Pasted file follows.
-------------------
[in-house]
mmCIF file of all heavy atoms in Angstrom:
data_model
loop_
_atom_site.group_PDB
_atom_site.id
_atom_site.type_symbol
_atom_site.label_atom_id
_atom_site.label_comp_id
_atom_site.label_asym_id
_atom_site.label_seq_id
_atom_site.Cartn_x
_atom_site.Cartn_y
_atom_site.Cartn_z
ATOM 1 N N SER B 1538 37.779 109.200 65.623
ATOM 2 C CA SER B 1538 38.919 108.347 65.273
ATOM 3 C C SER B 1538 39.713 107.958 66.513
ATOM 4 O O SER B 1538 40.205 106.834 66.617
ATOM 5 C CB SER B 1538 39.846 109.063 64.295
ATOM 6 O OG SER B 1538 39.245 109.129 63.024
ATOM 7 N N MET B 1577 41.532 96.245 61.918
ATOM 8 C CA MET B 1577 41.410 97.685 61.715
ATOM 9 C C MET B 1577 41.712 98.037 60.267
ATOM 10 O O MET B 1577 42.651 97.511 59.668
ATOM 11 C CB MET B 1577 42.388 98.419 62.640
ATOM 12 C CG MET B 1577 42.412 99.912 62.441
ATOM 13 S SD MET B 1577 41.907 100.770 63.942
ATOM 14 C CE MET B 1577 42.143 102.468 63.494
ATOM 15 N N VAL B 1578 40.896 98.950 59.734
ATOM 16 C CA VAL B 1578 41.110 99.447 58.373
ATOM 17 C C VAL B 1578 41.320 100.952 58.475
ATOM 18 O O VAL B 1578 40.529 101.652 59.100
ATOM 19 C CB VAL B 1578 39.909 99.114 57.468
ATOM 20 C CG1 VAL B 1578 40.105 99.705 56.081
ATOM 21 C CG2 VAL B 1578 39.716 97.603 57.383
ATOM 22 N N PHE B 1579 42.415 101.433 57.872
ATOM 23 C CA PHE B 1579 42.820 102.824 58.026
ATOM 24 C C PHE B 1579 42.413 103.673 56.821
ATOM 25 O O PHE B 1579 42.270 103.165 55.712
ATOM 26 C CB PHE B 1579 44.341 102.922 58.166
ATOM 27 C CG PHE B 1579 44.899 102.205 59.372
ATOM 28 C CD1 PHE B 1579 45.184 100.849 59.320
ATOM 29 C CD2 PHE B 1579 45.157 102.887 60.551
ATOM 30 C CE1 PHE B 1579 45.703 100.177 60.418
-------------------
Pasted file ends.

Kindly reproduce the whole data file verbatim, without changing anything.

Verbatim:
[in-house]
mmCIF file of all heavy atoms in Angstrom:
data_model
loop_
_atom_site.group_PDB
_atom_site.id
_atom_site.type_symbol
_atom_site.label_atom_id
_atom_site.label_comp_id
_atom_site.label_asym_id
_atom_site.label_seq_id
_atom_site.Cartn_x
_atom_site.Cartn_y
_atom_site.Cartn_z
ATOM 1 N N SER B 1538 37.779 109.200 65.623
ATOM 2 C CA SER B 1538 38.919 108.347 65.273
ATOM 3 C C SER B 1538 39.713 107.958 66.513
ATOM 4 O O SER B 1538 40.205 106.834 66.617
ATOM 5 C CB SER B 1538 39.846 109.063 64.295
ATOM 6 O OG SER B 1538 39.245 109.129 63.024
ATOM 7 N N MET B 1577 41.532 96.245 61.918
ATOM 8 C CA MET B 1577 41.410 97.685 61.715
ATOM 9 C C MET B 1577 41.712 98.037 60.267
ATOM 10 O O MET B 1577 42.651 97.511 59.668
ATOM 11 C CB MET B 1577 42.388 98.419 62.640
ATOM 12 C CG MET B 1577 42.412 99.912 62.441
ATOM 13 S SD MET B 1577 41.907 100.770 63.942
ATOM 14 C CE MET B 1577 42.143 102.468 63.494
ATOM 15 N N VAL B 1578 40.896 98.950 59.734
ATOM 16 C CA VAL B 1578 41.110 99.447 58.373
ATOM 17 C C VAL B 1578 41.320 100.952 58.475
ATOM 18 O O VAL B 1578 40.529 101.652 59.100
ATOM 19 C CB VAL B 1578 39.909 99.114 57.468
ATOM 20 C CG1 VAL B 1578 40.105 99.705 56.081
ATOM 21 C CG2 VAL B 1578 39.716 97.603 57.383
ATOM 22 N N PHE B 1579 42.415 101.433 57.872
ATOM 23 C CA PHE B 1579 42.820 102.824 58.026
ATOM 24 C C PHE B 1579 42.413 103.673 56.821
ATOM 25 O O PHE B 1579 42.270 103.165 55.712
ATOM 26 C CB PHE B 1579 44.341 102.922 58.166
ATOM 27 C CG PHE B 1579 44.899 102.205 59.372
ATOM 28 C CD1 PHE B 1579 45.184 100.849 59.320
ATOM 29 C CD2 PHE B 1579 45.157 102.887 60.551
ATOM 30 C CE1 PHE B 1579 45.703 100.177 60.418